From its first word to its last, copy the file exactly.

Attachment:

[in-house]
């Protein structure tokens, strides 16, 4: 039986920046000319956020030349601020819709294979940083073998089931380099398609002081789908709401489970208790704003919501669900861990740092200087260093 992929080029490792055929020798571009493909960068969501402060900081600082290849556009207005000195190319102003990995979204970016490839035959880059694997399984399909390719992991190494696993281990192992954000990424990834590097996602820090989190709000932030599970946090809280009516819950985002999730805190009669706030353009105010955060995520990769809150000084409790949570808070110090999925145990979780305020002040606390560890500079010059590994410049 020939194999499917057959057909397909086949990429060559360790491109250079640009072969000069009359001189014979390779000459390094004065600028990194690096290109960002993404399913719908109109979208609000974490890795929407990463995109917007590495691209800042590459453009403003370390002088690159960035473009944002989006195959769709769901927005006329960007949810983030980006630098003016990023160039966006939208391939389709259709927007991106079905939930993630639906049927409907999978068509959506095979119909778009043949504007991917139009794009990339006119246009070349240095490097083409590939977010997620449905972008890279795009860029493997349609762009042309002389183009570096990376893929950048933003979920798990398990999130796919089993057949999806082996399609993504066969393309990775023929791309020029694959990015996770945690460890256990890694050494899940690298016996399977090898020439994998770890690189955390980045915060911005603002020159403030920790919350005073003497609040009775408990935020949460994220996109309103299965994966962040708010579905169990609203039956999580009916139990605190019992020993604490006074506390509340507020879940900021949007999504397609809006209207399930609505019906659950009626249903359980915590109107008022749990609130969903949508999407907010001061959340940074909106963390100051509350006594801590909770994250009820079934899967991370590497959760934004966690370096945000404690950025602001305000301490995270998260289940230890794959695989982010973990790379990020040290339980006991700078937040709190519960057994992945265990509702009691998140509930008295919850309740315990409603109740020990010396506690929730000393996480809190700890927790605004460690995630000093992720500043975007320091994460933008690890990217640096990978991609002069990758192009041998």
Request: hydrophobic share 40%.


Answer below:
[in-house]
């Protein structure tokens, strides 16, 4: 039986920046000319956020030349601020819709294979940083073998089931380099398609002081789908709401489970208790704003919501669900861990740092200087260093 992929080029490792055929020798571009493909960068969501402060900081600082290849556009207005000195190319102003990995979204970016490839035959880059694997399984399909390719992991190494696993281990192992954000990424990834590097996602820090989190709000932030599970946090809280009516819950985002999730805190009669706030353009105010955060995520990769809150000084409790949570808070110090999925145990979780305020002040606390560890500079010059590994410049 020939194999499917057959057909397909086949990429060559360790491109250079640009072969000069009359001189014979390779000459390094004065600028990194690096290109960002993404399913719908109109979208609000974490890795929407990463995109917007590495691209800042590459453009403003370390002088690159960035473009944002989006195959769709769901927005006329960007949810983030980006630098003016990023160039966006939208391939389709259709927007991106079905939930993630639906049927409907999978068509959506095979119909778009043949504007991917139009794009990339006119246009070349240095490097083409590939977010997620449905972008890279795009860029493997349609762009042309002389183009570096990376893929950048933003979920798990398990999130796919089993057949999806082996399609993504066969393309990775023929791309020029694959990015996770945690460890256990890694050494899940690298016996399977090898020439994998770890690189955390980045915060911005603002020159403030920790919350005073003497609040009775408990935020949460994220996109309103299965994966962040708010579905169990609203039956999580009916139990605190019992020993604490006074506390509340507020879940900021949007999504397609809006209207399930609505019906659950009626249903359980915590109107008022749990609130969903949508999407907010001061959340940074909106963390100051509350006594801590909770994250009820079934899967991370590497959760934004966690370096945000404690950025602001305000301490995270998260289940230890794959695989982010973990790379990020040290339980006991700078937040709190519960057994992945265990509702009691998140509930008295919850309740315990409603109740020990010396506690929730000393996480809190700890927790605004460690995630000093992720500043975007320091994460933008690890990217640096990978991609002069990758192009041998």
Request: hydrophobic share 40%.